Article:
Monthly Archives: March 2011


Literature of programs

I wonder what programming will be like in a couple thousand years, when, presumably, programming languages and the systems built up from them will have attained a richly layered history of idioms, allusions, allegories, metaphors, genres, fads and past fads… I suppose it won’t take thousands of years, necessarily, since programming languages inherit a lot from human languages, and because software is mixed up in everything humans do and absorbs some of those flavors. But I also don’t think there’s really a literature of programs right now; at least, I haven’t been introduced to it yet, and I’d think I would have been. I’d love to have someone prove me wrong, though.


Software development and the study of human aspiration

Though the technical aspects are a source of joy for me in software development, the human aspects are no less fascinating. The practice of making software provides some unique insights into human psychology, because software is pretty much made of pure thought, and because software is intertwined in so many human activities. Software developers often get a very detailed look at what people do or where they expect to go in their lives through the ongoing development of a project or their requirements for a new project. That’s pretty cool, when you think about it.

Maybe some day I’ll be able to add to my resume that I have great expertise in understanding and eliciting people’s aspirations.


Heuristics and bestiaries

I’ve worked on more than what I consider my fair share of projects where I had to deal with crazy input. What I mean by crazy input is: it fails to meet the basic criteria of the standard to which it’s supposed to conform, or there is not a standard to which it’s supposed to conform, or standard elements are mashed together in unanticipated ways to try to achieve non-standard effects, or some combination of those.

I suppose that if you dig deep, you’ll find that most of the data in the world is crazy in this sense. So despite my distaste for it, I’ll probably never get away from it. Still, I need to whine about it occasionally. But in addition to whining about it, I’ll present a little practical advice on dealing with it.

The first and most obvious reality in dealing with crazy input is that some heuristic methods will have to be used. For example, in some HTML input, I had to deal with this little number, which, in some documents, occurred between every two paragraphs (well, divs, because these documents don’t use p tags much at all):
<div style="margin-top: 6pt; font-size: 1pt">&nbsp;</div>

These aren’t really paragraphs. Even if you call a div a paragraph, they’re still not paragraphs; they’re just there for spacing. So I have a rule that says something like “If a paragraph is preceded by a paragraph that is essentially empty and has a font size less than 5, remove the empty paragraph and change the spacing on the current one to get the same spacing effect”.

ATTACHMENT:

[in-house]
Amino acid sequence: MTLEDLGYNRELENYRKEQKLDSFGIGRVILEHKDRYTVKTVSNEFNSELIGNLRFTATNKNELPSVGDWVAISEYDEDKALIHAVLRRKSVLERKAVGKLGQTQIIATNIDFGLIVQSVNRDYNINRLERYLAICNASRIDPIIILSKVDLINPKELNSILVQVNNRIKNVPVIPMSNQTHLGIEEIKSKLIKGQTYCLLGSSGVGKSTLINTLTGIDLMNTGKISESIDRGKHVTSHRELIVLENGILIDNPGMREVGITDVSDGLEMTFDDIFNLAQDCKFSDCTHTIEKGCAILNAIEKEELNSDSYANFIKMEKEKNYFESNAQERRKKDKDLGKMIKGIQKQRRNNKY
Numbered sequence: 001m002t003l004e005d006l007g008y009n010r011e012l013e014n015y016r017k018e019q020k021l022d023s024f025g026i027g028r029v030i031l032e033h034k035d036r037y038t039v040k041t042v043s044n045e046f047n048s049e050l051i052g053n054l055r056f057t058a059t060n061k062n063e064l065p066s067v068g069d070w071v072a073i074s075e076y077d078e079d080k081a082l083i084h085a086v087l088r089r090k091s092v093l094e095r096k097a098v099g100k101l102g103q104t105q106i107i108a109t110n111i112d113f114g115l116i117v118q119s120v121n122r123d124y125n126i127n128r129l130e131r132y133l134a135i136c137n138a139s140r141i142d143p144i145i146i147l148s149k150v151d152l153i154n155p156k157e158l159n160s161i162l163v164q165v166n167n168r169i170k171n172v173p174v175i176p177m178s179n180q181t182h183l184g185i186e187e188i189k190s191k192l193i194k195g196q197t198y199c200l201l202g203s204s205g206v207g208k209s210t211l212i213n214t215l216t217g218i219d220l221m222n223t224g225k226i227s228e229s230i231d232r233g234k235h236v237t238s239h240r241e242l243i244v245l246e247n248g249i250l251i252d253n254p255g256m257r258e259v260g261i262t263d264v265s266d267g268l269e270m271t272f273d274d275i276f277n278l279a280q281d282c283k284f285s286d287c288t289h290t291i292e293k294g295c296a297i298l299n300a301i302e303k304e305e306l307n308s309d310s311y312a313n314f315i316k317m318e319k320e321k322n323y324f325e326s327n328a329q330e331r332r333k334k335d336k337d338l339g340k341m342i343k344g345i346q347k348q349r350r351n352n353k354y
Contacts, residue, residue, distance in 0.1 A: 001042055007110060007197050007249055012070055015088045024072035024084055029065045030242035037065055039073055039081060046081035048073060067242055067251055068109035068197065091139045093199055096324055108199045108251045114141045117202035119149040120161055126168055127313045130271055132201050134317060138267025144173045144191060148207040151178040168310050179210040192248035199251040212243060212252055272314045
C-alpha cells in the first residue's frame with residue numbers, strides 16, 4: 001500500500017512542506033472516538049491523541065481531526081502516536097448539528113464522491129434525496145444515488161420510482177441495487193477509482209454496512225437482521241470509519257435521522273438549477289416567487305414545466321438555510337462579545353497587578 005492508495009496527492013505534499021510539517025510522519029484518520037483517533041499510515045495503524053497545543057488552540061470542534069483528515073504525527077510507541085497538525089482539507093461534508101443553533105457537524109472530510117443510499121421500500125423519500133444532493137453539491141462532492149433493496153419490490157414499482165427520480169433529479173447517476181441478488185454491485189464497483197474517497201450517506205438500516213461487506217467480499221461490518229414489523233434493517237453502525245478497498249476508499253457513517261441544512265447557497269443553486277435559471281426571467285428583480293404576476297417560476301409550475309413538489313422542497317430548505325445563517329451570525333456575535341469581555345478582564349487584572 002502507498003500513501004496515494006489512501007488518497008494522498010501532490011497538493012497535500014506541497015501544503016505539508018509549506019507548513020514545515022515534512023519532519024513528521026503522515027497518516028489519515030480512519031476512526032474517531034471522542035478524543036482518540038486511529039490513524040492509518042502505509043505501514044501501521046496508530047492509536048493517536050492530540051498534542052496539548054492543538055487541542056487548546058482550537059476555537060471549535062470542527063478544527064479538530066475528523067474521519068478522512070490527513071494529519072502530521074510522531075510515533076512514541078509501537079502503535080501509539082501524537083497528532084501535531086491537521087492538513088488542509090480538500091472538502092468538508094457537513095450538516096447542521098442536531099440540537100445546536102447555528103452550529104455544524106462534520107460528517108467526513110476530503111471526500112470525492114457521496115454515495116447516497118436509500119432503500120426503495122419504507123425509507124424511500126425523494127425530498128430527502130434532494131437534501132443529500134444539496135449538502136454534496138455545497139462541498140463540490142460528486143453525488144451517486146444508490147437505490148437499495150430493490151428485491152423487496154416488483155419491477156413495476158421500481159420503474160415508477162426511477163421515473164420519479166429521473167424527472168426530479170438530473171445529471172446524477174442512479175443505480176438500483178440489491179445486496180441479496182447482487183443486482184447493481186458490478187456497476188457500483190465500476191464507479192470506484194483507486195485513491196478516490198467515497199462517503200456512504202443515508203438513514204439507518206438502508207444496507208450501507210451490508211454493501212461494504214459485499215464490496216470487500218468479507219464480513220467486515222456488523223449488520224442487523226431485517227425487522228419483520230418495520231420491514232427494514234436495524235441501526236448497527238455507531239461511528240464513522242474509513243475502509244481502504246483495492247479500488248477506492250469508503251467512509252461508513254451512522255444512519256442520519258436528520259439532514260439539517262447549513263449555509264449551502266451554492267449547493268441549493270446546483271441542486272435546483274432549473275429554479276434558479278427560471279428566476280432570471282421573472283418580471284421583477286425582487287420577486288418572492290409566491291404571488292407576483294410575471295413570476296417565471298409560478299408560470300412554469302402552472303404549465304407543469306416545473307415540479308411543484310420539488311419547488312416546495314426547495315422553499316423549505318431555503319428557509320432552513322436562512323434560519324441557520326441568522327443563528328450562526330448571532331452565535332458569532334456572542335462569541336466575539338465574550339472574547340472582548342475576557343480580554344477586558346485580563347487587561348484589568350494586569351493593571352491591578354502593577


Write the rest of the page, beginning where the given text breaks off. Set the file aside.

That’s not the best/worst example, but it gets the point across. Heuristics will be necessary. That implies two things: the overall code structure must be adaptable to the addition of heuristics, and I’ll need a bestiary to test the code.

It’s part of the software developer’s mindset to try to neatly partition the entire universe into non-overlapping subsets, then write chunks of code to deal with each partition separately. The introduction of heuristics into such a beautiful scheme will cause some pain. In the beautiful world, I’d have code that says “it’s a paragraph, let’s do the paragraph thing with it”. In a world laden with heuristics, I have code that says “it’s a paragraph, but let’s see if it’s _really_ a paragraph, then we’ll either do the paragraph thing or do some wildly different thing”. I guess it’s less that the code structure has to be adaptable than it’s that my mindset has to be adaptable.

Regardless of the flexibility of my mindset or my code, though, heuristics, by their nature, do not neatly partition the universe. They leave some things out, they overlap, and/or they tangle together in increasingly strange ways. I’ll never remember, when it comes time to add some new code, all the situations that got me to this point or all the ways that things can go wrong.

I’m not yet a full convert to test-driven development, but when dealing with beastly input, I consider a bestiary to be quite necessary. A big set of unit tests, with a perfect specimen of each of the beasts I’ve encountered, each named after the ticket in the ticket-tracking system that brought it to me. I had one project in the past where I should have created a bestiary but didn’t, and that project was one of the worst disasters in my professional life. Another one like that and I would have traded my keyboard in for a shovel and started a new career…